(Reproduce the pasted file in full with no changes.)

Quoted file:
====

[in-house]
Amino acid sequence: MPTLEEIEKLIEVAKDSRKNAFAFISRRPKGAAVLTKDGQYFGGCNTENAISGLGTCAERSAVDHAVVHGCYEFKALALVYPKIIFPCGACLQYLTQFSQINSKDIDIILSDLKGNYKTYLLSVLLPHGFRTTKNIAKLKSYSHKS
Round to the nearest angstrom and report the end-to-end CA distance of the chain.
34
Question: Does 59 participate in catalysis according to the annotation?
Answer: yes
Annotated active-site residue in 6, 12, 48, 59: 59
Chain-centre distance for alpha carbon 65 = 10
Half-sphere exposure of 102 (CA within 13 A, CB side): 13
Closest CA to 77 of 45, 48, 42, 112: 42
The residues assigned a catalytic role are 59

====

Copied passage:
[in-house]
Amino acid sequence: MPTLEEIEKLIEVAKDSRKNAFAFISRRPKGAAVLTKDGQYFGGCNTENAISGLGTCAERSAVDHAVVHGCYEFKALALVYPKIIFPCGACLQYLTQFSQINSKDIDIILSDLKGNYKTYLLSVLLPHGFRTTKNIAKLKSYSHKS
Round to the nearest angstrom and report the end-to-end CA distance of the chain.
34
Question: Does 59 participate in catalysis according to the annotation?
Answer: yes
Annotated active-site residue in 6, 12, 48, 59: 59
Chain-centre distance for alpha carbon 65 = 10
Half-sphere exposure of 102 (CA within 13 A, CB side): 13
Closest CA to 77 of 45, 48, 42, 112: 42
The residues assigned a catalytic role are 59